The key to understanding this is history. Thousands of years ago all Jews had shared certain fundamental beliefs about the character of Judaism, and what it meant to live a Jewish life. Over the centuries they scattered to all parts of the world. Wherever they lived they were influenced in one way or another by the circumstances of their lives. Many were brought into the cultural orbit of the society in which they lived. This process picked up momentum in the last two hundred years as many societies opened up to the Jews and to - varying extents - welcomed them in.
Under the influence of the various societies in which they lived, Jewish world-views began to change. Jews in different places began to understand the world in different ways. Those who were members of societies that began to open up to modern Western ideas of democracy, humanism and secularism, began to alter their understanding of themselves as Jews. Religious ideologies were either abandoned or altered under the impact of modernity for the vast majority of Jews who lived in those cultural orbits. Other Jews who were not part of such societies, including many who lived in societies that remained essentially unchanged over the centuries, took different paths, much closer to their original religious understanding of Jews and Judaism.
We have dealt with these subjects in our discussions about the Jewish world as a whole. Why do we return to them now? This is a new context, in which we are trying to understand the complexity of the State of Israel. Here, in one place - the only Jewish state on earth - representatives of all the different groups gathered together after a hiatus of hundreds and, sometimes, thousands of years. Thus the country became the arena for battles between representatives of all the different lifestyles and ideologies of Jews who had gone through totally different historical experiences, which had left them with completely different ideas of what it means to live a Jewish life.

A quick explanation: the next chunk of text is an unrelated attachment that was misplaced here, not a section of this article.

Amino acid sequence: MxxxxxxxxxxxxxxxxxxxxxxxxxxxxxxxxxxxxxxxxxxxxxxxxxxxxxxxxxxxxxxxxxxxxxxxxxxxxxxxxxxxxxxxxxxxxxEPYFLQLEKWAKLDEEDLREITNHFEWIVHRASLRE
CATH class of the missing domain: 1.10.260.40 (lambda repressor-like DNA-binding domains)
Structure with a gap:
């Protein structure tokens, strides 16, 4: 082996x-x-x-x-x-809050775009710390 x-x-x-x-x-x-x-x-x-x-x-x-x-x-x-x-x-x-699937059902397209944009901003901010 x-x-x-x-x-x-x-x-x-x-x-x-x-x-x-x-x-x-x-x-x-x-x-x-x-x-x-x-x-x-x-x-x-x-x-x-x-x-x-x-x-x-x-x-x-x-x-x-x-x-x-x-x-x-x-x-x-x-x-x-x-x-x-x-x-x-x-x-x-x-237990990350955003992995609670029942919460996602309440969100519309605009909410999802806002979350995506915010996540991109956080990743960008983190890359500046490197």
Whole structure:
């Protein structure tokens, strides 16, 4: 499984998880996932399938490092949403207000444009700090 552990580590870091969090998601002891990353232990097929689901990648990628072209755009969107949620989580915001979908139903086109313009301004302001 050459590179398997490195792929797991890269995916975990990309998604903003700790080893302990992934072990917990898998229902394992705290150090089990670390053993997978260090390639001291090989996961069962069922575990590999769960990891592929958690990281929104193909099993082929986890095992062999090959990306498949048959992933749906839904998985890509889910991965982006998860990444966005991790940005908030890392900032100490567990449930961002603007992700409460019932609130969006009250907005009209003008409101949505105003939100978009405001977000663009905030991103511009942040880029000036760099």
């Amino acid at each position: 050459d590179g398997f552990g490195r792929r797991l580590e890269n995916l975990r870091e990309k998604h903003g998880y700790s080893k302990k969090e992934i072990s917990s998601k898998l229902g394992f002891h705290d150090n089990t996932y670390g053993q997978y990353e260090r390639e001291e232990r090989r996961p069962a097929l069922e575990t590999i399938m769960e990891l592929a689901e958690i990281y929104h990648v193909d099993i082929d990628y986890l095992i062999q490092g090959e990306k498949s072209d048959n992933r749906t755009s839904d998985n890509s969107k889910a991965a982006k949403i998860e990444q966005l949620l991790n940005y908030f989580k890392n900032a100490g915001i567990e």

We have mentioned Beit Hatfutzot, the Museum of the Diaspora near Tel Aviv in two different contexts in the program, in relation to anti-Semitism in the Diaspora (Part One) and the idea of Jewish unity in the Diaspora (Part Three). Let us introduce it once again. There is a room there which represents the reality of Israel and the challenges that it faces very clearly.
In order to understand the significance of the room we must say something about the museum’s general lay-out. It is constructed in an interesting manner. The opening exhibit represents the destruction of the Second Temple by the Romans. The suggestion is that - at least conceptually, if not historically - this event represents the beginning of the process of diaspora or exile. The rest of the museum, spread over three large floors, is dedicated to an examination of Jewish life throughout the Diaspora, representing both the positive and negative stories that characterized Jewish life.
At the end of the top floor of the museum, we come to the closing section. This section is called - the gate of return, and it deals with Eretz Israel and the modern state. Here, a Zionist ideological statement is clearly being made. The beginning of the Diaspora was created by the destruction of the second Jewish state; the rise of the third state - the modern State of Israel, closes the circle. The place for all Diaspora Jews to ‘return’ to is the modern state of Israel. There is no other place for Jews to live.